Playing in sand never gets old.
Todd Pangborn has been doing it since 1997, when, at 35 years old, he started building sand sculptures during beach vacations as a way to entertain both himself and his family.
“The first one I ever did was the back of a dolphin coming out of the water,” he said. “It was pretty rough.”
Twenty years later, he’s gotten better. Master-level better. And this week he’s focusing that ability on a 10-ton pile of sand in Miller Park.
Pangborn’s completed sculpture will be on display at the Friday Night Lakeside Clam BBQ event starting at 6 p.m. Friday in Miller Park.
What started as a way to keep himself busy during family trips to Virginia Beach quickly became a serious hobby for Pangborn.
“I did the first one, looked at it and thought, ‘I can do better,’ ” said Pangborn, a native of Jamestown.
The next day, he built a three-foot-long turtle. He thought it was better. The day after that, he built something else that was a little bit bigger and even better. By the end of the week, he’d carved a 15-foot lobster out of a mound of wetted and packed sand referred to as “soft pack.”
It continued like that for nearly 14 years.
Every summer, he’d spend almost every day of the week or two his family was at the beach, carving and sculpting.
Pangborn has no formal art training. A mechanical engineer by trade (he designs ultrasonic cleaning systems), he said he learned a bit by looking online when he first started sculpting, picking up some hints and tips.
Yet people would still approach him as he sculpted during vacations to ask if he was a competitive sculptor.
It wasn’t until 2011 that he finally entered his first amateur competition. By 2012, as a result of winning a small handful of amateur events, he was invited to participate in the advanced amateur division of the American Sand Sculpting Championships in Fort Myers Beach, Florida.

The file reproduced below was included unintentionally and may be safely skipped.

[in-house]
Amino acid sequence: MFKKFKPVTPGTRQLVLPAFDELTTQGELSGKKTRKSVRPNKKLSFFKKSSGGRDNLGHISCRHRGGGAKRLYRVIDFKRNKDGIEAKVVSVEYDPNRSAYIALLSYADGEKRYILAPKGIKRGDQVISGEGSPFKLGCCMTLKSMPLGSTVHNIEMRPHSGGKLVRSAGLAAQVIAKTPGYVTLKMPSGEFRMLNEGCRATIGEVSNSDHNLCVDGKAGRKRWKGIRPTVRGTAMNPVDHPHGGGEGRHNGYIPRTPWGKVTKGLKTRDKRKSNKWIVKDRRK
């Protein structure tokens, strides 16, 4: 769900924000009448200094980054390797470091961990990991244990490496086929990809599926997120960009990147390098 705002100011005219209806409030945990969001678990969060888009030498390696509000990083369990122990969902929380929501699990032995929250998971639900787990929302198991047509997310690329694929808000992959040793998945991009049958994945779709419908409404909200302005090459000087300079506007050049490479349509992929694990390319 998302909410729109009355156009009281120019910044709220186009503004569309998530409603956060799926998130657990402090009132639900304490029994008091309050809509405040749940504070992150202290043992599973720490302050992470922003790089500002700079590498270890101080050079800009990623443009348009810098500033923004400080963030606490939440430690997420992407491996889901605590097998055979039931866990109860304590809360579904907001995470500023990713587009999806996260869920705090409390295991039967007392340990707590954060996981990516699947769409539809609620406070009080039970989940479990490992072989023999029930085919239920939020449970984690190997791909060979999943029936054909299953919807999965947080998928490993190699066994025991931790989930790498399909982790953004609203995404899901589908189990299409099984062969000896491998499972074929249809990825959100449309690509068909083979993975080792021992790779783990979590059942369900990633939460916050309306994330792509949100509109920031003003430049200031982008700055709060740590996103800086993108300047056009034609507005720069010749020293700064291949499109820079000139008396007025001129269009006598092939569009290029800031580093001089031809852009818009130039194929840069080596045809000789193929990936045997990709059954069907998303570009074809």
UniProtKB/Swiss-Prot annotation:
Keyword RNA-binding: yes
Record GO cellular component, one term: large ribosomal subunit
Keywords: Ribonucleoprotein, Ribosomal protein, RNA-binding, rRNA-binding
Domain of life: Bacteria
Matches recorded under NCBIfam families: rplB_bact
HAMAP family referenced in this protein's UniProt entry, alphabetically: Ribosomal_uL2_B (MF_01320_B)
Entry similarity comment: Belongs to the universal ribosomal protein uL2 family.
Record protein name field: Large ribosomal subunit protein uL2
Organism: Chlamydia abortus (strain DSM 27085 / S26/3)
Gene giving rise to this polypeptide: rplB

“That was the first time I got to watch masters work,” Pangborn said, “and that’s where I got ideas of how to use forms to build up the sand” to start to build taller, more intricate sculptures (To date, his tallest has been nine feet).
A year later, he won the advanced amateur division at the American Sand Sculpting Championships and was invited by his peers to begin competing in master-level competitions.
While he is still a fairly “new” master, and though his ability has continued to grow (he placed second in the Solo Master competition at 2015’s American Sand Sculpting Championships), Pangborn enjoys the fact that sculpting is a hobby for him.
“If I were to be doing this for a living, trying to make a living out of it and doing it every week, I would probably get tired of it,” he said.
At age 55 and still working full-time, sculpting gives him a way to blow off some steam and entertain people while he’s at it.
As an example, he shared a story about an interaction during a Texas sculpting competition he took part in.
When he was finished with his work, there was one particular woman who continued to circle his sculpture, mouth wide open, flabbergasted.
“I walked over and touched her on the shoulder and said ‘I want to thank you for enjoying it this much,’ ” Pangborn said.
There are some personal benefits as well.
“You never outgrow it, you know?” he said. “And it keeps you young.”